Czech Village: Day Trip in a Quaint Historic Area

Mucha Meets Iowa, a mural by Ali Hval in Czech Village (Photo courtesy

Looking for a fun day trip in eastern Iowa? Check out Czech Village, a historic neighborhood in downtown Cedar Rapids. Home to the National Czech & Slovak Museum & Library (NCSML), which was moved to the top of a hill after the devastating flood of 2008, Czech Village draws visitors with its top-quality museum, funky boutiques, street art, vintage clothing stores, antique shops, and tasty eateries.

Views of Czech Village (photos by Megan D. Robinson)

The now-thriving neighborhood has been beautifully renovated following flood damage repairs. Many of the shops and alleyways are decorated with traditional folk-art stencils and murals, providing a culturally immersive experience. There is also a scenic trail along the river for walking or biking, offering beautiful views of the riverside scenery. The entire neighborhood provides many opportunities for Instagram-worthy photos.

Vintage Market

The crowning jewel of the neighborhood, the NCSML has gone through a series of changes. The museum started out as the Czech Fine Arts Foundation, which was established in 1974 by a group of second- and third-generation descendants of Czech immigrants to preserve and share their heritage and culture. The foundation’s growing artifact and document collection impelled them to create a museum in a three-room house in 1978. The collections were moved into a commercial building on the current campus in 1981, with the intention of making them permanently available to the public. But the popular museum’s growing collections required a larger space.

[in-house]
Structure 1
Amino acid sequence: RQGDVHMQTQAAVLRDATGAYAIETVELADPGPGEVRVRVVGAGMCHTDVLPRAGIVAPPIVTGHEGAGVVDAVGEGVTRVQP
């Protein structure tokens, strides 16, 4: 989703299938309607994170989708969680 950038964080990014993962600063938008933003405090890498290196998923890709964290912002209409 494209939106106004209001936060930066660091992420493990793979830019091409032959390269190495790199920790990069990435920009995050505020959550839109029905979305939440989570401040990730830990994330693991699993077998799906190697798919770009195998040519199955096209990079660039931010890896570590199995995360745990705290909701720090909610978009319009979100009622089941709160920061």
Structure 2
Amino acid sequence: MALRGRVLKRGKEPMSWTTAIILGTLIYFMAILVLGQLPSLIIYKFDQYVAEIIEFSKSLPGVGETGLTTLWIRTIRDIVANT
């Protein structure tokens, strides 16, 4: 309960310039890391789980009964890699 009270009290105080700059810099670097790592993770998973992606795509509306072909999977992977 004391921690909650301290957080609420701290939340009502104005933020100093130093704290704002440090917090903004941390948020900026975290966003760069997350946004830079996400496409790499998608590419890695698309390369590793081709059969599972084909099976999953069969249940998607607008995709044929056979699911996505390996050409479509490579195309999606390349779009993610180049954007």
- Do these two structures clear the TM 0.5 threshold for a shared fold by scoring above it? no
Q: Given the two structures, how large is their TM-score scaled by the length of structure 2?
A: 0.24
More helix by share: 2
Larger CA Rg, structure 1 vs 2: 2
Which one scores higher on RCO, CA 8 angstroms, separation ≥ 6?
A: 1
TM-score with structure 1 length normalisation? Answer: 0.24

The current, much larger building opened to the public in 1995, with its dedication attended by U.S. President Bill Clinton, and presidents Václav Havel of the Czech Republic and Michal Kovác of the Slovak Republic.

Accredited by the American Alliance of Museums in November of 2008, and a Smithsonian Affiliate since 2019, the NCSML has proved to be a popular and valuable cultural resource.

Unfortunately, the museum was built too close to the river, and the building suffered over $11 million in damages during the epic 2008 flood. After the artifacts and books were cleaned, repaired, and restored, the library and collections had temporary homes until the 1,500-ton museum could be moved out of the flood zone.

Currently hosting an exhibition of work by the famous Art Nouveau icon Alphonse Mucha, the NCSML has both rotating and permanent exhibitions. The permanent exhibitions celebrate the unique heritage of Czech and Slovak immigrants. Since many of these immigrant stories deal with escaping repressive regimes, these exhibitions are thought-provoking, and given the rise of fascism worldwide, frighteningly relevant.

One of the museum’s most popular exhibitions—a 19th-century immigrant house acquired in 1983—has been renovated and refurbished with period-specific art, furniture, and housewares, and can be toured during museum hours. The tour guides make viewing the house a fascinating experience.

Interior of Sweet Mercantile Soda Fountain (photo by Megan D. Robinson)

After touring the museum, be sure to explore Czech Village. Grab a bite to eat at one of the excellent restaurants, and pick up an ice cream cone at the vintage Sweet Mercantile Soda Fountain. Ogle the folk art and take some selfies standing against the angel-wing murals. Check out the eclectic range of shopping options: look for collectibles at Czech Village Antiques, pick up the Sasquatch tee-shirt you never knew you wanted from Vintage Market, and get some artisan soap from Indigo River & Co. Then enjoy a leisurely walk along the river before heading home.